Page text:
Go to the NASA Homepage
Search >
Click to Search
Human Systems Integration Division homepageHuman Systems Integration Division homepage Organization pageOrganization page Technical Areas pageTechnical Areas page Outreach and Publications pageOutreach and Publications page Contact pageContact page
Human Systems Integration Division Homepage
Outreach & Publications Sidebar Header
Go to the Outreach & Publications pageGo to the Outreach & Publications page
Go to Awards pageGo to Awards page
Go to News pageGo to News page
Go to Factsheets pageGo to Factsheets page
Go to Multimedia pageGo to Multimedia page
Go to Human Factors 101 pageGo to Human Factors 101 page
What is Human System Integration? Website
Publication Header
A Detect and Avoid System in the Context of Multiple-Unmanned Aircraft Systems Operations  (2019)
Abstract Header
NASA's Unmanned Aircraft Systems Integration into the National Airspace System (UAS in the NAS) project examines the technical barriers associated with the operation of UAS in civil airspace. For UAS, the removal of the pilot from onboard the aircraft has eliminated the ability of the ground-based pilot in command (PIC) to use out-the-window visual information to make judgements about a potential threat of a loss of well clear with another aircraft. NASA's Phase 1 research supported the development of a Detect and Avoid (DAA) system that supports the ground-based pilot’s ability to detect potential traffic conflicts and determine a resolution maneuver, but existing display/alerting requirements did not account for multiple UAS control (1:N). Demands for increased scalability of UAS in the NAS operations are expected to create a need for simultaneous control of UAs, and thus, a new DAA HMI design will likely be necessary. Previous research, however, has found performance degradations as the number of vehicles under operator control has increased. The purpose of the current human-in-the-loop (HITL) simulation was to examine the viability of 1:N operations with the Phase 1 DAA alerting and guidance. Sixteen UAS pilots flew three scenarios with varying number of UAs under their control (1:1, 1:3, 1:5). In addition to their supervisory and sensor mission responsibilities, pilots were to utilize the DAA system to remain DAA well clear (DWC) during scripted conflicts of mixed severity. Measured response times, separation performance, mission task data, and subjective feedback were collected to assess how the multi-UAS control configuration impacted pilots’ ability to maintain DAA well clear and perform the mission tasks. Overall, the DAA system proved surprisingly adaptive to multi-UAS control for preventing losses of DAA well clear (LoDWC). The findings suggest that, while multi-UAS operators are able to maintain safe separation (DWC) from other traffic, their ability to efficiently perform missions drastically decreases with their number of controlled vehicles. Pilot feedback indicated that, for this context, the use of automation support tools for completing and managing mission tasks would be appropriate and desired, especially for ensuring efficient use of assets. Finally, human-machine interface (HMI) design considerations for multi-UAS operations are discussed.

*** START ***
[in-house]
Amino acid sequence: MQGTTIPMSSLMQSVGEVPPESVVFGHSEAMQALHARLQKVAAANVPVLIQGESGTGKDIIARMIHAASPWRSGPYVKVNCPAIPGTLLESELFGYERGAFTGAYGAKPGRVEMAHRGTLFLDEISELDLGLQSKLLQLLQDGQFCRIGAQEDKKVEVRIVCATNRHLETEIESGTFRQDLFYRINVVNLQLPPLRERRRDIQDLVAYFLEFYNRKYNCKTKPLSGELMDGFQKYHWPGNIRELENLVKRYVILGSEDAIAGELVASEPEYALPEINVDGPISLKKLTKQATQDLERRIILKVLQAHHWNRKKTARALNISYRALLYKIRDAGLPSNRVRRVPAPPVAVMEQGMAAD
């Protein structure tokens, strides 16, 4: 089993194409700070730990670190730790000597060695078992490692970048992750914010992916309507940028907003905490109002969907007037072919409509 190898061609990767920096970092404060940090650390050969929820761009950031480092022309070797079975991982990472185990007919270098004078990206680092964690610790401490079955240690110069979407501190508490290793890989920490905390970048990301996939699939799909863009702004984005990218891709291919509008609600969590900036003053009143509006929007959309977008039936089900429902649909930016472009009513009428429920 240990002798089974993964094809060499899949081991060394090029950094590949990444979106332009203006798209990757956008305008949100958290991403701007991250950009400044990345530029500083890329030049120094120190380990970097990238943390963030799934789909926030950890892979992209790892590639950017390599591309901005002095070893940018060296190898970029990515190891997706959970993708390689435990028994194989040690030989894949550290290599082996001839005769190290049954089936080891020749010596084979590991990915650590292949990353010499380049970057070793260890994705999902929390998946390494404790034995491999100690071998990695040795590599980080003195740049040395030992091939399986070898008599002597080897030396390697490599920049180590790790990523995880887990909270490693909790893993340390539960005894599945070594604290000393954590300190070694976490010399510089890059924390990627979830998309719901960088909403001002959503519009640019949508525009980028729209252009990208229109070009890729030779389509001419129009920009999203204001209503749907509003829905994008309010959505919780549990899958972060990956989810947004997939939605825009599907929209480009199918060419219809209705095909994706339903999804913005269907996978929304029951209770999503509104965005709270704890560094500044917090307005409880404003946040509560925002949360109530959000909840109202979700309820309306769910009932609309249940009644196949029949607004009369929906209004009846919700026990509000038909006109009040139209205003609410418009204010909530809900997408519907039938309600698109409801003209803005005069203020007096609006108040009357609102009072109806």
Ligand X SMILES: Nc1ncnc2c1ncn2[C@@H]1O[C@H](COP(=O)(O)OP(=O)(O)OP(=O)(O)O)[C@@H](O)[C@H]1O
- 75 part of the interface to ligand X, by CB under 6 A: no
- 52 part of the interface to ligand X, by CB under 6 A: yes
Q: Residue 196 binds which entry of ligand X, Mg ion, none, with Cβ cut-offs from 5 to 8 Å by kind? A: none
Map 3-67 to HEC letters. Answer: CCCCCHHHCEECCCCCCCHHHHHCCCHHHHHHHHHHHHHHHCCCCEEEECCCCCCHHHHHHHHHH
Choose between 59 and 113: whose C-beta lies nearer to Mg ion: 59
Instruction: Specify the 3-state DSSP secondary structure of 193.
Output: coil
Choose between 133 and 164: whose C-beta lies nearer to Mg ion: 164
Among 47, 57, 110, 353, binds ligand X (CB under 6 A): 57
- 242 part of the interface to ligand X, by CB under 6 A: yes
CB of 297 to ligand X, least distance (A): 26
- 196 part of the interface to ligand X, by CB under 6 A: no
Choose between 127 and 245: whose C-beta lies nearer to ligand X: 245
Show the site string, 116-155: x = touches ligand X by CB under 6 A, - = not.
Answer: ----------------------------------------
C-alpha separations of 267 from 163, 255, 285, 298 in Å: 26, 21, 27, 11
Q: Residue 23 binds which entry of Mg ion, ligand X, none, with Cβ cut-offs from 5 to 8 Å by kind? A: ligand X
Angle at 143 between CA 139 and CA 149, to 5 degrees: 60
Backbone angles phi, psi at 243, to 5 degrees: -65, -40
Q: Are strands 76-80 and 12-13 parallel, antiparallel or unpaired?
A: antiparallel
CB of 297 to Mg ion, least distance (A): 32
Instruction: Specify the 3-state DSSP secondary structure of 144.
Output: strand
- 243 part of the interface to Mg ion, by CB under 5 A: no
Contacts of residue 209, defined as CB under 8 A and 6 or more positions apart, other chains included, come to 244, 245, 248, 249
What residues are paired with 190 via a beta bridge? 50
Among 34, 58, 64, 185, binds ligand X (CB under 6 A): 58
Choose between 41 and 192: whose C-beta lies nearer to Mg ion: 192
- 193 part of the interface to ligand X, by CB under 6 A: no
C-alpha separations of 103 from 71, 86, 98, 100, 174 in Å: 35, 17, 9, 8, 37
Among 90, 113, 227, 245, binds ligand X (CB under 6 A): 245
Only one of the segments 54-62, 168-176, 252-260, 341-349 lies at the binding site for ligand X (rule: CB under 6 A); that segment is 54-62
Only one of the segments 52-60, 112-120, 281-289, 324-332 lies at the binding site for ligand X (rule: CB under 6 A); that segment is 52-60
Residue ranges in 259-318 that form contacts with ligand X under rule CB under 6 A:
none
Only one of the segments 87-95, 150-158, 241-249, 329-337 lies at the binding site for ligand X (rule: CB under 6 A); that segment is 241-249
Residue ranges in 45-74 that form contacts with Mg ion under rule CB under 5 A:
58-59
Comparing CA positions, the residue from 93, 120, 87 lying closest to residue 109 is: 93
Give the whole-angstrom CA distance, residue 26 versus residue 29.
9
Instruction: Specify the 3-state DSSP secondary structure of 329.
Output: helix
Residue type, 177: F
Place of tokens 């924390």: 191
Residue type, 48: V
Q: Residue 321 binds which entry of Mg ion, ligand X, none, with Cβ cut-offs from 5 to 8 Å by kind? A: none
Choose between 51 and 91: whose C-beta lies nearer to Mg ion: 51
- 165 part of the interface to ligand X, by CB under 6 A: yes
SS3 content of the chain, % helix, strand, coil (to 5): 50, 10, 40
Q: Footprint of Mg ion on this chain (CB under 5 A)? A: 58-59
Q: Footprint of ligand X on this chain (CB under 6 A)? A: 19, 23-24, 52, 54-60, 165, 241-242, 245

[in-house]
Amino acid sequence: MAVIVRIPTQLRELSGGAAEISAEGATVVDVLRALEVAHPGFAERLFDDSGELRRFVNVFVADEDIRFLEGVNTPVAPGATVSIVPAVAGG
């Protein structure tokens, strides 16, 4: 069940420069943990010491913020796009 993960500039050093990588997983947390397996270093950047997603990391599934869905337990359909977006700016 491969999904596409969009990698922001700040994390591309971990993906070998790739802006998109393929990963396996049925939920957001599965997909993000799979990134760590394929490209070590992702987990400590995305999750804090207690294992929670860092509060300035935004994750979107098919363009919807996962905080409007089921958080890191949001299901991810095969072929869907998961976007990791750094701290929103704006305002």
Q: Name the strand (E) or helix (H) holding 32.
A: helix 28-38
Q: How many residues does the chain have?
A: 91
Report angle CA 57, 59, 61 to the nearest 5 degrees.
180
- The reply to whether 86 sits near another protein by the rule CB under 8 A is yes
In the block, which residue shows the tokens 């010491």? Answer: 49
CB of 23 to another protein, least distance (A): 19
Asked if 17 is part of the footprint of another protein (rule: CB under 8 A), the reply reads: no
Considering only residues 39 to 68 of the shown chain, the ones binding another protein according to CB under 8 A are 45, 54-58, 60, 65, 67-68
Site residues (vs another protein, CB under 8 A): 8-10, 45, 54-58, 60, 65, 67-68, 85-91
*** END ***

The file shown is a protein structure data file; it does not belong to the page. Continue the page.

Private Investigators Header
Authors Header
Groups Header
Keywords Header
Aircraft, Avoid, Context, Detect, Detect and Avoid, Multiple-Unmanned, Operations, System, Systems, UAS
References Header
In AIAA Aviation 2019 Forum (p. 3315)
Download Header
Go to the First Gov Homepage
Go to the NASA - National Aeronautics and Space Administration Homepage
Curator: Phil So
NASA Official: Alonso Vera
Last Updated: August 15, 2019